Tire pressure monitor

Discussion in 'Clarity' started by JyChevyVolt, Jan 18, 2018.

  1. JyChevyVolt

    JyChevyVolt Active Member

    Where's the tire pressure monitor with actual PSI information? Wife was driving with 11 PSI, screw embedded in the tire.
     
  2. NaughtyNeutron

    NaughtyNeutron New Member

    Bump+

    anyone has an answer to this ?
     
  3. Nemesis

    Nemesis Member

    From my understanding, the TPM system does not show PSI nor does it tell you which tire needs inflation. The system just warns if one of the four tires has less than the threshold of PSI, which I believe is under 30 PSI. Someone can refine this explanation.
     
  4. Fast Eddie B

    Fast Eddie B Well-Known Member

    It does seem like they cheaped out a little here - our 2006 Ridgeline shows which tire(s) is/are the culprit.
     
    Last edited: Dec 28, 2018
  5. John Fritzen

    John Fritzen New Member

    Was informed by mech at dealership that the ABS system checks if there is a tire lower in PSI than others.
    There is no direct read of PSI.
     
  6. CreacentMike

    CreacentMike New Member

  7. KentuckyKen

    KentuckyKen Well-Known Member

    Unfortunately there is no read out of individual tire pressures and the Clarity doesn’t even have a way to check pressure. The low tire “idiot” light is not very accurate or useful IMHO, because it just measures differences in tire rotational speeds to deduce that one or more tires have different pressure. I found that this system doesn’t respond quick enough and will let you drive with one or more tires at low enough pressure to reduce the low rolling resistance feature of the OEM Michelins and affect your mpg(e). And to add insult to injury, it doesn’t even tell you which tire or tires are low. By the time mine came on after the first change to cold weather, 3 tires were 4 to 6 psi low. Now I check every month (well, at least every 2 months).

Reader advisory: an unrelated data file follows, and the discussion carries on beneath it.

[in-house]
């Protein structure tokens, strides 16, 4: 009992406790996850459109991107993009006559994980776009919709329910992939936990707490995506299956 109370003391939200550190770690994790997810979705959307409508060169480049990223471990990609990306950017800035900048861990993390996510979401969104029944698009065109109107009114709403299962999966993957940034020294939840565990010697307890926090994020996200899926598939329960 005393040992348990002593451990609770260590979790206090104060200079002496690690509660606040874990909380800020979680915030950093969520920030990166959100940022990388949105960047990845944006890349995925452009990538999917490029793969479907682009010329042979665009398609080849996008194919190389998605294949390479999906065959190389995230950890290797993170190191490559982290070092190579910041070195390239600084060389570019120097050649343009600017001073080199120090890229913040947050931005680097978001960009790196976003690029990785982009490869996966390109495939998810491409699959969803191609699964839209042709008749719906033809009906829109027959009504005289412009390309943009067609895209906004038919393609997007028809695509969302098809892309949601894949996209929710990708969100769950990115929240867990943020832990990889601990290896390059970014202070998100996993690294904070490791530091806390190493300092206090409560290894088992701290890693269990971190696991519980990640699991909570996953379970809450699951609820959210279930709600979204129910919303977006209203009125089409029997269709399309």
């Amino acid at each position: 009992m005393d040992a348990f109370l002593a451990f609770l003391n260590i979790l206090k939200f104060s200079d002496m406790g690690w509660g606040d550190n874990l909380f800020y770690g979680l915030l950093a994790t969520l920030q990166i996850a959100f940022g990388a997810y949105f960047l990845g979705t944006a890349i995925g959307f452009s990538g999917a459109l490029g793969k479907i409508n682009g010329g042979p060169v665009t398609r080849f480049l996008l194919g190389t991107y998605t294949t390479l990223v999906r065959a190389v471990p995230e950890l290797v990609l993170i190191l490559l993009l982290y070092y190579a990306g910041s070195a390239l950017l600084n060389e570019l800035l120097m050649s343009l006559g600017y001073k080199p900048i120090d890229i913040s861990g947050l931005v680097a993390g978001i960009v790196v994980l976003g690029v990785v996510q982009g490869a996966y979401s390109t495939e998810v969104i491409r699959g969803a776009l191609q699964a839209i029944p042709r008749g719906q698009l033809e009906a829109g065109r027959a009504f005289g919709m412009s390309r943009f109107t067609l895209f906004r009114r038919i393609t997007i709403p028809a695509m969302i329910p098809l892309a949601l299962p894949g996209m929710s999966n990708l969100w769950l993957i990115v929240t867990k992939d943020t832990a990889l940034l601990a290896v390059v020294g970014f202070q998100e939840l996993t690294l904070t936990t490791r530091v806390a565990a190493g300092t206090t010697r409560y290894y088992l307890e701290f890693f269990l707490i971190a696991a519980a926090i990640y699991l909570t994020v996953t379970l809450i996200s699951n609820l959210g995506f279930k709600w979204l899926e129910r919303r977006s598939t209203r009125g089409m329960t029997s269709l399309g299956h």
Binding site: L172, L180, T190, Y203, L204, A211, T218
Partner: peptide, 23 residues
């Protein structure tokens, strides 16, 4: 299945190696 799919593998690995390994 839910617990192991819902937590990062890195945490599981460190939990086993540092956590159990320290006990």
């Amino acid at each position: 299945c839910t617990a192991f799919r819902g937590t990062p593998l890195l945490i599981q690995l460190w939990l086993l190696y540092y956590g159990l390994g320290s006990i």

I wouldn’t depend on it al all.

    I did notice a small but measurable increase in mpg(e) after inflating all to 37 psi (36 is recommended).

    I assume Honda choose this system for cost reasons. Software being cheaper than 4 tire pressure sensors and receiver and digital read out display. IDK, maybe it didn’t play well with the wheel resonators or the slime in the tire pump kit? For whatever reason, we’re stuck with it unless you buy the aftermarlet system that some have. The only good thing I can say about it is that years down the road, I won’t have to replace the sensor or battery which I had to do at year 9 on the CRV and was around $100.
    See p 425-8 in the manual for more info.
     
    Last edited: Dec 28, 2018
  8. vicw